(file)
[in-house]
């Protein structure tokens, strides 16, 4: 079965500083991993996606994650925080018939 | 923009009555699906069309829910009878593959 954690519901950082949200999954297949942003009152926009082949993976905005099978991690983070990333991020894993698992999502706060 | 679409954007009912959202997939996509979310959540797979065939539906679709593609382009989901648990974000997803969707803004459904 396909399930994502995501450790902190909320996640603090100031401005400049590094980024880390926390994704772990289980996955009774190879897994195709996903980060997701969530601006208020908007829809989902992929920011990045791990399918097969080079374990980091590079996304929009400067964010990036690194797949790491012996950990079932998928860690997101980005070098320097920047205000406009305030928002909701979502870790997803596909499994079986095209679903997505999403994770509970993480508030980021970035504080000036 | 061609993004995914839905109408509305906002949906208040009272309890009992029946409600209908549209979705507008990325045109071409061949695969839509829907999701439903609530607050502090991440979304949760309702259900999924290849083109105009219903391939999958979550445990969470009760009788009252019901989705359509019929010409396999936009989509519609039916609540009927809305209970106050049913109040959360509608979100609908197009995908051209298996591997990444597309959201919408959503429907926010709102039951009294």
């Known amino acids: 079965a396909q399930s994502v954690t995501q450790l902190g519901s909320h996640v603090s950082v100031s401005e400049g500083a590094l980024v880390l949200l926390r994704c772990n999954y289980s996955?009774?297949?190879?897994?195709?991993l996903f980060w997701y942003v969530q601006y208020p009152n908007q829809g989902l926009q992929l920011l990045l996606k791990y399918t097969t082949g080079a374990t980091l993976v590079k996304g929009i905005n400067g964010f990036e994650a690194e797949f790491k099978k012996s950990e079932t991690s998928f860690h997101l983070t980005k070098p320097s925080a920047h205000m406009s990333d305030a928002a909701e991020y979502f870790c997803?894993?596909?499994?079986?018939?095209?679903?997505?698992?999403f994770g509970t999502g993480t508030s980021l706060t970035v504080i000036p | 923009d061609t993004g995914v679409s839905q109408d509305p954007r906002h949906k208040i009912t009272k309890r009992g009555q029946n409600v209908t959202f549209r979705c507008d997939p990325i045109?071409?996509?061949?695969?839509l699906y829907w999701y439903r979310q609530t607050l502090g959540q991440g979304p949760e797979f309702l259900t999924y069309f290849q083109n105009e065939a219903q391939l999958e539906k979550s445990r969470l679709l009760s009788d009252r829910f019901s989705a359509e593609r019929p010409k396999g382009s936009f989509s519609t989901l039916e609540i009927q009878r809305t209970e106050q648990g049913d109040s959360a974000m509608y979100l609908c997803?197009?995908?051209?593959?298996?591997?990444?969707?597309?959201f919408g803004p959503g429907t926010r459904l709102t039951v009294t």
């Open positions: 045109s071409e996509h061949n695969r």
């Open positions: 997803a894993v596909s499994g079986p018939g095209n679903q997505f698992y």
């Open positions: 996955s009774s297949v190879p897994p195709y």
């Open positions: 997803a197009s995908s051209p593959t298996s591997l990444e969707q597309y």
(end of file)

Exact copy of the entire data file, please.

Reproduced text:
[in-house]
């Protein structure tokens, strides 16, 4: 079965500083991993996606994650925080018939 | 923009009555699906069309829910009878593959 954690519901950082949200999954297949942003009152926009082949993976905005099978991690983070990333991020894993698992999502706060 | 679409954007009912959202997939996509979310959540797979065939539906679709593609382009989901648990974000997803969707803004459904 396909399930994502995501450790902190909320996640603090100031401005400049590094980024880390926390994704772990289980996955009774190879897994195709996903980060997701969530601006208020908007829809989902992929920011990045791990399918097969080079374990980091590079996304929009400067964010990036690194797949790491012996950990079932998928860690997101980005070098320097920047205000406009305030928002909701979502870790997803596909499994079986095209679903997505999403994770509970993480508030980021970035504080000036 | 061609993004995914839905109408509305906002949906208040009272309890009992029946409600209908549209979705507008990325045109071409061949695969839509829907999701439903609530607050502090991440979304949760309702259900999924290849083109105009219903391939999958979550445990969470009760009788009252019901989705359509019929010409396999936009989509519609039916609540009927809305209970106050049913109040959360509608979100609908197009995908051209298996591997990444597309959201919408959503429907926010709102039951009294």
């Known amino acids: 079965a396909q399930s994502v954690t995501q450790l902190g519901s909320h996640v603090s950082v100031s401005e400049g500083a590094l980024v880390l949200l926390r994704c772990n999954y289980s996955?009774?297949?190879?897994?195709?991993l996903f980060w997701y942003v969530q601006y208020p009152n908007q829809g989902l926009q992929l920011l990045l996606k791990y399918t097969t082949g080079a374990t980091l993976v590079k996304g929009i905005n400067g964010f990036e994650a690194e797949f790491k099978k012996s950990e079932t991690s998928f860690h997101l983070t980005k070098p320097s925080a920047h205000m406009s990333d305030a928002a909701e991020y979502f870790c997803?894993?596909?499994?079986?018939?095209?679903?997505?698992?999403f994770g509970t999502g993480t508030s980021l706060t970035v504080i000036p | 923009d061609t993004g995914v679409s839905q109408d509305p954007r906002h949906k208040i009912t009272k309890r009992g009555q029946n409600v209908t959202f549209r979705c507008d997939p990325i045109?071409?996509?061949?695969?839509l699906y829907w999701y439903r979310q609530t607050l502090g959540q991440g979304p949760e797979f309702l259900t999924y069309f290849q083109n105009e065939a219903q391939l999958e539906k979550s445990r969470l679709l009760s009788d009252r829910f019901s989705a359509e593609r019929p010409k396999g382009s936009f989509s519609t989901l039916e609540i009927q009878r809305t209970e106050q648990g049913d109040s959360a974000m509608y979100l609908c997803?197009?995908?051209?593959?298996?591997?990444?969707?597309?959201f919408g803004p959503g429907t926010r459904l709102t039951v009294t």
């Open positions: 045109s071409e996509h061949n695969r």
């Open positions: 997803a894993v596909s499994g079986p018939g095209n679903q997505f698992y």
């Open positions: 996955s009774s297949v190879p897994p195709y």
């Open positions: 997803a197009s995908s051209p593959t298996s591997l990444e969707q597309y």